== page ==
Pieces of History in Harriman Reservoir
March 11, 2010
The size of Harriman Reservoir is impressive, but its history is what grabs your attention. Along the reservoir’s floor are remnants of an old logging village that was flooded in the 1920s when the Deerfield River was dammed to generate power.
Harriman Reservoir, also known as Lake Whitingham, is the largest body of water located entirely within the state of Vermont. Enjoyed by boaters, swimmers, paddlers, and fishermen, the reservoir extends about 10 miles from Wilmington to Whitingham in southern Vermont.
The scenic reservoir is owned by TransCanada and is a source of hydroelectricity. Originally developed by the New England Power Company in 1922-23, the reservoir flooded the former pulpwood and lumber village of Mountain Mills, located just outside of Wilmington.
When water levels are low, you can occasionally spot submerged tree stumps and foundations from Mountain Mills. How extraordinary would it be to come across this forgotten little village?
Cedar ...Posted at 11:24h, 11 March
Always sad to see a way of life taken away. But,.. time marches on.
Erin @ I Heart New EnglandPosted at 17:14h, 11 March
Erica HouskeeperPosted at 19:29h, 12 March
Hi Cedar – So true. I wonder how people felt about the flooding of Mountain Mills when the reservoir was developed. It’s such an interesting story.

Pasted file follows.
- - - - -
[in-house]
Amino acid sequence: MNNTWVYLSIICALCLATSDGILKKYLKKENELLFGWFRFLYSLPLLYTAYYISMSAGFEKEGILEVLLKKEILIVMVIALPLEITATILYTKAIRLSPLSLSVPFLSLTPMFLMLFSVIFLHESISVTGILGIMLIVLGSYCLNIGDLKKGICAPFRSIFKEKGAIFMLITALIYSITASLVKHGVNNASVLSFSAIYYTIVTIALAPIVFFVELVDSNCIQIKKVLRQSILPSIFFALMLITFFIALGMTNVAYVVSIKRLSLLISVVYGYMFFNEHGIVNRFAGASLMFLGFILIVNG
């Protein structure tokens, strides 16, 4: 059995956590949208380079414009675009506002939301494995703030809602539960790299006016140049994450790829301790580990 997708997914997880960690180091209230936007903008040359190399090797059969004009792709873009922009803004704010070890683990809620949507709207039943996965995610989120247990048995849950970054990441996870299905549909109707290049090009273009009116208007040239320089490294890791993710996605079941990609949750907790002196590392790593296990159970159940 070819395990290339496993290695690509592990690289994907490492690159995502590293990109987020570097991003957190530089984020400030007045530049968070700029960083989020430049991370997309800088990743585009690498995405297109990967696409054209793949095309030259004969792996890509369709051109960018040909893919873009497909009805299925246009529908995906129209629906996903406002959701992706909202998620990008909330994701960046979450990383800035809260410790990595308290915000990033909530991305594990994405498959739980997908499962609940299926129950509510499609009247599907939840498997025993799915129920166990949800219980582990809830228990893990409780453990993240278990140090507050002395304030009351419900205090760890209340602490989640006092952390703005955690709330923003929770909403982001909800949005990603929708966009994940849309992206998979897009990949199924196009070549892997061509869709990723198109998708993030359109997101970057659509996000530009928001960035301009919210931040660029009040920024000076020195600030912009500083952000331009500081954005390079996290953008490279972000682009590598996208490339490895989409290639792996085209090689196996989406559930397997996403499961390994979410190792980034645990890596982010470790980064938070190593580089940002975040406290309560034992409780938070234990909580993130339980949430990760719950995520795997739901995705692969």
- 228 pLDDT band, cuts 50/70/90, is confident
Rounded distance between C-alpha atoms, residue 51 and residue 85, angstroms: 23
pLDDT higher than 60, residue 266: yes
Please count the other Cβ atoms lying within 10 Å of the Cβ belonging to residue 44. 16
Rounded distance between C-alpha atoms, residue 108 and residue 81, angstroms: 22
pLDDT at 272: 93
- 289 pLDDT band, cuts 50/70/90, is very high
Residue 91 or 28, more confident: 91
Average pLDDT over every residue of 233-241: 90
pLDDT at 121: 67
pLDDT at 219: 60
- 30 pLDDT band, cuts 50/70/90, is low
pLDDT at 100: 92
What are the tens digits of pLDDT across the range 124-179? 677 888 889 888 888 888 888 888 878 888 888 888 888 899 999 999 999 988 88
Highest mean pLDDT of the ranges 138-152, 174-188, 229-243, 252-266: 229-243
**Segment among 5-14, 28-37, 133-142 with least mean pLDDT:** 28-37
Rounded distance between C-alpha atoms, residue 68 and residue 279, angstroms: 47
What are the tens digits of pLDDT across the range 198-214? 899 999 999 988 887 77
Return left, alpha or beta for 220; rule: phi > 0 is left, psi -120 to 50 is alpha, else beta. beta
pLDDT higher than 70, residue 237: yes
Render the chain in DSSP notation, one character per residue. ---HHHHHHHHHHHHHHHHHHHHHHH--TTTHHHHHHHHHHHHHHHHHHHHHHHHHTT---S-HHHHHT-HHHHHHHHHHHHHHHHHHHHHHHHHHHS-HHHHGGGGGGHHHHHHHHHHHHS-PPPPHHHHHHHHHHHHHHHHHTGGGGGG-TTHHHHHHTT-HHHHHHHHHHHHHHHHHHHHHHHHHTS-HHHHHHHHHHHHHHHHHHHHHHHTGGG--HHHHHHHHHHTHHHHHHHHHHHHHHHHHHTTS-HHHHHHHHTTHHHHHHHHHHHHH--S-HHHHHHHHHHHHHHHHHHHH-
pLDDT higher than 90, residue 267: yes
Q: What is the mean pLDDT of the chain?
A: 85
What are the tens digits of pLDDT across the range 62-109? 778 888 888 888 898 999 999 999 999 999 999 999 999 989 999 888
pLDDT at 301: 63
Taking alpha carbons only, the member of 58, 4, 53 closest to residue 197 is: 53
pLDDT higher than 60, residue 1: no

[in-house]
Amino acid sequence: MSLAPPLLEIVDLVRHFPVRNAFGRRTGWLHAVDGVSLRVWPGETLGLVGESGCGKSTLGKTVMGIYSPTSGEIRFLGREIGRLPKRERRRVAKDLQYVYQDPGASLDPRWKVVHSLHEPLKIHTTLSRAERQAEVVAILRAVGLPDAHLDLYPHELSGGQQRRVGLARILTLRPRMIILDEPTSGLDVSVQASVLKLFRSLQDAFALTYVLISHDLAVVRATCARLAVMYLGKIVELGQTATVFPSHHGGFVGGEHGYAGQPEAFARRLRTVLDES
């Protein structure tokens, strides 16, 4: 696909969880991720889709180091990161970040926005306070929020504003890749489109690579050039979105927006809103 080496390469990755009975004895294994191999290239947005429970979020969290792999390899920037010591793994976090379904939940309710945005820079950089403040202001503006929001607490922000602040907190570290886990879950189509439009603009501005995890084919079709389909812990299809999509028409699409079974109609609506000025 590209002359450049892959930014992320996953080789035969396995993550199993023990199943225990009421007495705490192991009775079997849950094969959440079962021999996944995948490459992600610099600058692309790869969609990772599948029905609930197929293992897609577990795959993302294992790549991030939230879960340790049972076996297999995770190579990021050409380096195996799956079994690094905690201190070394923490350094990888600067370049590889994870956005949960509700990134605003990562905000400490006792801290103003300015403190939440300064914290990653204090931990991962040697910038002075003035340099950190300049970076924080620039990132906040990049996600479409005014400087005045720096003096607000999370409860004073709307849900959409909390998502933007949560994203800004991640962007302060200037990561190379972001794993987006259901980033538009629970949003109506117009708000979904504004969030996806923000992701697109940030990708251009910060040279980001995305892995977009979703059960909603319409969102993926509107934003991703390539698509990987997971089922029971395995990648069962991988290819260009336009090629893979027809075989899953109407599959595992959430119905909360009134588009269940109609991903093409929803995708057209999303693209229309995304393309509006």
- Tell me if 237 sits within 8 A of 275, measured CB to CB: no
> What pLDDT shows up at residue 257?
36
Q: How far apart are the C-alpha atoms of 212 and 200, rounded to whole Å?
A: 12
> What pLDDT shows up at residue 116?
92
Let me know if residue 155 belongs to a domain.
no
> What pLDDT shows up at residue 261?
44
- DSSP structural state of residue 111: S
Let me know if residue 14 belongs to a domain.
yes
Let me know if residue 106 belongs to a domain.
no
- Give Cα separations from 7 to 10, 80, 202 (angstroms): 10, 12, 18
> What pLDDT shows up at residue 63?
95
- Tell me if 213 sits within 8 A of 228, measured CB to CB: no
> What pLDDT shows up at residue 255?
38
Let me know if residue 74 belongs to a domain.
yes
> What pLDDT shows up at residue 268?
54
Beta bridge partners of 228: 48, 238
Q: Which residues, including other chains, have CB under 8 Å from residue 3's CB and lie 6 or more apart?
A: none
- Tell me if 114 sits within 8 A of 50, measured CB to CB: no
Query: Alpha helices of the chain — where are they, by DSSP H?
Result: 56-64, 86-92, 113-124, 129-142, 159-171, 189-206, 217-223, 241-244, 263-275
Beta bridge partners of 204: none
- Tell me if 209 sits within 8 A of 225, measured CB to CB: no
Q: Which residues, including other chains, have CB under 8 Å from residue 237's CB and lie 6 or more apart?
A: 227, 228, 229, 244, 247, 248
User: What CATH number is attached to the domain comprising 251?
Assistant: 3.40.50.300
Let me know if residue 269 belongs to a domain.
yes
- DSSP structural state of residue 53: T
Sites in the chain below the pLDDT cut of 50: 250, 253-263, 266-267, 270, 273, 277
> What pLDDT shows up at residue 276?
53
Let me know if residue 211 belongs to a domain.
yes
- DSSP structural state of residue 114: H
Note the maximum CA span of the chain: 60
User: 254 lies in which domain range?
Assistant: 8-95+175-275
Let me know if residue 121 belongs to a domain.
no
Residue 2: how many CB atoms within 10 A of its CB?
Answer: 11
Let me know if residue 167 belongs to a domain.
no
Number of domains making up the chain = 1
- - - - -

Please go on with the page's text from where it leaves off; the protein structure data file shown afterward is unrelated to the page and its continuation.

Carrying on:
Hi Erin — Thanks for stopping by.
LCPosted at 03:29h, 13 March
I am very pleased to have found your blog- I grew up in Vermont and know the state quite well… and often miss it! I have returned a great many times through the years! LC
Erica HouskeeperPosted at 14:17h, 13 March
Hi LC — A fellow Vermonter! I so glad you came across the site. I really enjoyed looking at your beautiful garden photos on your blog. Very inspiring!
MargaretPosted at 01:59h, 15 March
This reminded me of the account of the Quabbin Reservoir in Western Massachusetts. Jane Yolen wrote a beautiful account of the flooding of three small towns to form the reservoir in the children’s book, Letting Swift River Go. Such a strange concept to think of your hometown being underwater, isn’t it?
Erica HouskeeperPosted at 11:15h, 15 March
I thought a lot about the Quabbin Reservoir when I was researching this piece. I’ll have to check out Jane Yolen’s book. Yes, it is so strange to think of these towns being underwater.
matthew houskeeperPosted at 13:52h, 20 March
I didn’t realize it was so large. 10 miles long is much more than I imagined
AnonymousPosted at 21:15h, 18 July
I read a book about the lost village under water, do you know the name of that book? GS in MA
Erica HouskeeperPosted at 02:02h, 19 July
Sorry , I don’t know the name of the book. Someone from the town of Wilmington, Vermont might be able to help you. Visit http://www.wilmingtonvermont.us/
Melissa HaysPosted at 13:05h, 20 September
I realize this question was posted over 7 years ago so I don’t know the likelihood of this reply ever being seen. But–just in case!–Sue Miller wrote a novel titled “The World Below” which refers to Mountain Mills an the reservoir.
EricaPosted at 13:11h, 20 September